October 11, 2006
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Popular Drugs Prescribed for Osteoporosis Pose a Rare but Serious Danger
Bisphosphonates, a class of drugs commonly used for osteoporosis, have recently included a new addition to their list of side effects, osteonecrosis of the jaw (ONJ) - or jawbone death.
The Pennsylvania Dental Association (PDA) would like to inform the public about this rare but very serious side effect of bisphosphonates. Some drugs within this class include Fosamax®, Actonel® and Boniva®, taken orally. Other drugs include Aredia®, Bonefos®, Didronel® or Zometa®, administered intravenously. Over a thousand cases of ONJ have been reported in patients undergoing bisphosphonate treatments.
One of the largest reports of bisphosphonate-associated ONJ was detailed in an article by Dr. Salvatore Ruggiero, chief of the Division of Oral and Maxillofacial Surgery at the Long Island Jewish Medical Center. The patients represented in this series of case reports were preponderantly female and typically presented with bone pain, nonhealing extraction sockets or exposed bone.
"The prospective mechanism by which bisphosphonates may be associated with the development of ONJ has not been completely identified at this time," said Dr. Sean Boynes, a PDA member who is an assistant professor at the University of Pittsburgh School of Dental Medicine. "It is clear that several issues need further clarification regarding ONJ in cancer patients treated with bisphosphonates."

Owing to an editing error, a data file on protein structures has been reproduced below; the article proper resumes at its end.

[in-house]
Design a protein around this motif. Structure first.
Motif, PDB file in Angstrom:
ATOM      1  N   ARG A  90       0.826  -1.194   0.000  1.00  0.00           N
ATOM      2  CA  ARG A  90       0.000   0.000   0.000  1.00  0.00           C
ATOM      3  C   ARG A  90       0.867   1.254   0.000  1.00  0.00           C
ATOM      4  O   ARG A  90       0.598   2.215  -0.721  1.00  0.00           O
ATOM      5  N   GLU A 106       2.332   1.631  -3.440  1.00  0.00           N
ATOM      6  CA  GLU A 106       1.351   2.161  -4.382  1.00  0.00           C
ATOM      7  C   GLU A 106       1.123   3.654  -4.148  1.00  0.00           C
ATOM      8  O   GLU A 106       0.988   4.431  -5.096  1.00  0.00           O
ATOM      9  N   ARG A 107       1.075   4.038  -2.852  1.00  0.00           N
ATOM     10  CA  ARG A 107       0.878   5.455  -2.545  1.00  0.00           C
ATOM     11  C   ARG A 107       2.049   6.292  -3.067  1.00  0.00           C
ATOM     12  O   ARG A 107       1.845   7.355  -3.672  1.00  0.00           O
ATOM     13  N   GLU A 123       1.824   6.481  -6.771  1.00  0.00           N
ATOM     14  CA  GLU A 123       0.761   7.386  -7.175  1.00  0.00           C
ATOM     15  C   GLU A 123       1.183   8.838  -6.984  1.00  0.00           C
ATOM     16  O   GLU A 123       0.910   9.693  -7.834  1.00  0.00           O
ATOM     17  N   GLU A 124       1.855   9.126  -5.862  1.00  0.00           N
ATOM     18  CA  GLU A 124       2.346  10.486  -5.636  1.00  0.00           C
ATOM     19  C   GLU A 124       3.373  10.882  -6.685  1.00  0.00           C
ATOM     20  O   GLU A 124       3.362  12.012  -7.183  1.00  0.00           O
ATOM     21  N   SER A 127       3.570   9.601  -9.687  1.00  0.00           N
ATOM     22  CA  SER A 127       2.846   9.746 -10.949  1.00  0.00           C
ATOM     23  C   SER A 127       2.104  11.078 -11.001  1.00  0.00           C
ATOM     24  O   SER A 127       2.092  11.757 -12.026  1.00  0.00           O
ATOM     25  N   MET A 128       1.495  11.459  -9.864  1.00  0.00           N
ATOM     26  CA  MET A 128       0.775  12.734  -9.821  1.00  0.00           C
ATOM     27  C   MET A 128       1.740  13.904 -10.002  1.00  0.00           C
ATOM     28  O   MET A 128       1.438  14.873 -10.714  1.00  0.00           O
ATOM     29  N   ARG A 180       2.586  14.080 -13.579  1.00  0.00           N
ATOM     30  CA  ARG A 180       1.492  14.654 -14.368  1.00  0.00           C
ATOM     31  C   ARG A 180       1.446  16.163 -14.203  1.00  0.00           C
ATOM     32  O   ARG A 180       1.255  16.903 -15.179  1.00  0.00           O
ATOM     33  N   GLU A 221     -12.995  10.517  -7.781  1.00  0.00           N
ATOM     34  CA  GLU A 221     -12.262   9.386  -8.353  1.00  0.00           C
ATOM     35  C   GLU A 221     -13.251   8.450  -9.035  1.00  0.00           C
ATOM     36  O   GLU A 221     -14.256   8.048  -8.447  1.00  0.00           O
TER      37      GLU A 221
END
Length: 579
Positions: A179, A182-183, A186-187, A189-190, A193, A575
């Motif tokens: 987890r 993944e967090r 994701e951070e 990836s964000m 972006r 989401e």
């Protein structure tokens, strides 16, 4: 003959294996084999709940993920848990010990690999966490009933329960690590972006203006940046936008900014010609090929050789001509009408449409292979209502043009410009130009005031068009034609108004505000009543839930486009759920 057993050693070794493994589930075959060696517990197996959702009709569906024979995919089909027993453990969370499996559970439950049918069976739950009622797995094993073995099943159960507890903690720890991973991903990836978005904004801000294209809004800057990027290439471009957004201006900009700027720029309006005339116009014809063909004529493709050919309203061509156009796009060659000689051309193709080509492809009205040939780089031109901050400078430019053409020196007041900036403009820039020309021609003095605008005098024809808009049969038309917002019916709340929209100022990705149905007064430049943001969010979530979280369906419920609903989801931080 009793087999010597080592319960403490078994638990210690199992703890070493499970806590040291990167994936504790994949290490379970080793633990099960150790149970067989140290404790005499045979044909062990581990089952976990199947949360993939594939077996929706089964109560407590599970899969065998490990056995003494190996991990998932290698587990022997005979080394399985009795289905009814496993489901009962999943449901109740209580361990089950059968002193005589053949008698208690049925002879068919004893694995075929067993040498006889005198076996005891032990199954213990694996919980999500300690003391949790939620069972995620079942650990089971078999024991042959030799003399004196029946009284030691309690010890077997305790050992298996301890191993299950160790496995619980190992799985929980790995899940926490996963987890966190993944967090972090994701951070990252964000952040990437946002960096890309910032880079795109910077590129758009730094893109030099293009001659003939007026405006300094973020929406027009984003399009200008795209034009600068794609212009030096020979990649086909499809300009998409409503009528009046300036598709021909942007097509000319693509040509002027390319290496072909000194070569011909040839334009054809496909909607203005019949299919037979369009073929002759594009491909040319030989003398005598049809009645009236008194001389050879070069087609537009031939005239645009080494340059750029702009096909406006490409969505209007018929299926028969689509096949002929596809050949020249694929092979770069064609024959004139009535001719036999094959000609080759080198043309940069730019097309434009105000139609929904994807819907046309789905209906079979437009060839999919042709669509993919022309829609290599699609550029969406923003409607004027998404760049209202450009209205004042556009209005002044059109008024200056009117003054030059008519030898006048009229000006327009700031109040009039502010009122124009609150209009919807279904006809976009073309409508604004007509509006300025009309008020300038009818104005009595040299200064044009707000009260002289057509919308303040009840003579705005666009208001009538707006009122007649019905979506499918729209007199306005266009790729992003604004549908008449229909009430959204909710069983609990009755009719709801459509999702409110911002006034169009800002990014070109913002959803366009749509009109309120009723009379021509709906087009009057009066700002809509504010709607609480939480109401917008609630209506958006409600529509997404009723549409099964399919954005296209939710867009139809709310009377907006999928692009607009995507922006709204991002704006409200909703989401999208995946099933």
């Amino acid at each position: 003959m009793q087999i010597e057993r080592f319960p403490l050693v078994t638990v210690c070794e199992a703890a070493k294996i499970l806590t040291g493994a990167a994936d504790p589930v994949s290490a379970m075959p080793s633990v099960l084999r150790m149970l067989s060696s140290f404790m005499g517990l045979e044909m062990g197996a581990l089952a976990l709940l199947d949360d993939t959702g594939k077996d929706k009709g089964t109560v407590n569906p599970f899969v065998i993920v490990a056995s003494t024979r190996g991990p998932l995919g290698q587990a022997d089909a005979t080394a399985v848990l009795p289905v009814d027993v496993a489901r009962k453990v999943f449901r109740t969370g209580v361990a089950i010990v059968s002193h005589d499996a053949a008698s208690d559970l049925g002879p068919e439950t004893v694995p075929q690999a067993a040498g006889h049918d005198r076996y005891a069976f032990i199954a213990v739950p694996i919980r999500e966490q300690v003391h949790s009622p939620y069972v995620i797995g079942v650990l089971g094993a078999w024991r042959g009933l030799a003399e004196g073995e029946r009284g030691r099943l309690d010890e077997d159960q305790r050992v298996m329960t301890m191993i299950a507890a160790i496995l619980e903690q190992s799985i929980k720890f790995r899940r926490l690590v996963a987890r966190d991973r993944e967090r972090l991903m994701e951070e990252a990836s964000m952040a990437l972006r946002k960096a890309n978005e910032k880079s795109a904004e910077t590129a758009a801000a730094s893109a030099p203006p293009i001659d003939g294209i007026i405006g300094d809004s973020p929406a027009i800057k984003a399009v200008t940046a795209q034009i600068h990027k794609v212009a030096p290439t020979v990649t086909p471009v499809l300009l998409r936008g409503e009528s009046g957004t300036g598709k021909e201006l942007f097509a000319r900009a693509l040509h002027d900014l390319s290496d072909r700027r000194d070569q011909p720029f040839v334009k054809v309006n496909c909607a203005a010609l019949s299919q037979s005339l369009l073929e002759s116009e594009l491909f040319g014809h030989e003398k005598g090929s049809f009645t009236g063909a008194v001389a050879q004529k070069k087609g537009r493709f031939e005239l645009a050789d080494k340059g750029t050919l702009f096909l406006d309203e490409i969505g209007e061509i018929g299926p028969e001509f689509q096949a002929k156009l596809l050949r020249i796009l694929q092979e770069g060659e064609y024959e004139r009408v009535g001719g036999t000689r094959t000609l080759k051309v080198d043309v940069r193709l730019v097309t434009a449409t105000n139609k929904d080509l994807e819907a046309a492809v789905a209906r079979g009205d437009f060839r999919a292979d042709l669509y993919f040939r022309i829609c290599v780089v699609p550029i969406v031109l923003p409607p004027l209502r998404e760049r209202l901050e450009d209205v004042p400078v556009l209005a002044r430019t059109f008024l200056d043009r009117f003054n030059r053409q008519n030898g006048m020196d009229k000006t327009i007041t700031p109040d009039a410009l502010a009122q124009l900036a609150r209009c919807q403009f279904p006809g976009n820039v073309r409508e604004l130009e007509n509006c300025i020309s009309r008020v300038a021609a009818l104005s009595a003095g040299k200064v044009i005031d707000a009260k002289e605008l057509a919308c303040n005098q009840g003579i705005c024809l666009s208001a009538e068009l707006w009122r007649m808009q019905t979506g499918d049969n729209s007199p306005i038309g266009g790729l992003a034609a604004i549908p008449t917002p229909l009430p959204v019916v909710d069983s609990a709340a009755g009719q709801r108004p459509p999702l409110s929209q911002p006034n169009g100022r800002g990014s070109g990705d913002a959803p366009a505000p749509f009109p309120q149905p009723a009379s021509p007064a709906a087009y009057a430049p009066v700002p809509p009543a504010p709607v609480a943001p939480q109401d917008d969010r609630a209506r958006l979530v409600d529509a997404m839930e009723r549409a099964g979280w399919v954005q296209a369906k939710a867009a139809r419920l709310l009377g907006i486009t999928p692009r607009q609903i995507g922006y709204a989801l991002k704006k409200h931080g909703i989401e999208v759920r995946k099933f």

Bisphosphonates work by affecting the two main cell groups in the bone, the osteoblasts (cells that make bone) and osteoclasts (cells that break down bone). Some researchers suggest that bisphosphonates shorten the life span of osteoclasts, thereby tilting the balance in favor of the bone-making osteoblasts.
This action provides a mechanism to strengthen the bones of patients diagnosed with osteoporosis or bone-related complications of cancer that destroy bone structure. Unfortunately, this action by bisphosphonates may disrupt the delicate balance of osteoclasts and osteoblasts in the jaws of some patients, inhibiting new vessel formation and thereby impairing healing after oral surgery. This can lead to the death of bone tissues and result in osteonecrosis.
Most cases of osteonecrosis of the jaw associated with bisphosphonates have been diagnosed after dental procedures such as tooth extraction; however, the condition also can occur spontaneously.
Symptoms of ONJ include, but are not limited to, pain, swelling, or infection of the gums or jaw; gums that are not healing; loose teeth; numbness or a feeling of heaviness in the jaw, drainage and exposed bone.
Because invasive dental procedures, such as gum surgery, extractions, or other surgery that affects the bone, can worsen bisphosphonate-associated oral conditions, anyone that has taken a bisphosphonates should advise his or her dentist.
"It is especially vital that patients report any symptoms or oral changes to their physician or dentist," said Dr. Boynes. "In addition, patients who have begun bisphosphonate therapy should have consistently scheduled dental hygiene appointments. The regularity of these evaluations is usually at the judgment of the treating physician or dentist, but could occur as often as every three months."
Pennsylvania Dental Association
Founded in 1868, the Pennsylvania Dental Association (PDA) is comprised of approximately 6,000 member dentists. It is a constituency of the American Dental Association (ADA), the largest and oldest national dental society in the world. PDA’s mission is to improve the public health, promote the art and science of dentistry and represent the interests of its member dentists and their patients. PDA is the voice of dentistry in Pennsylvania. Learn more about PDA.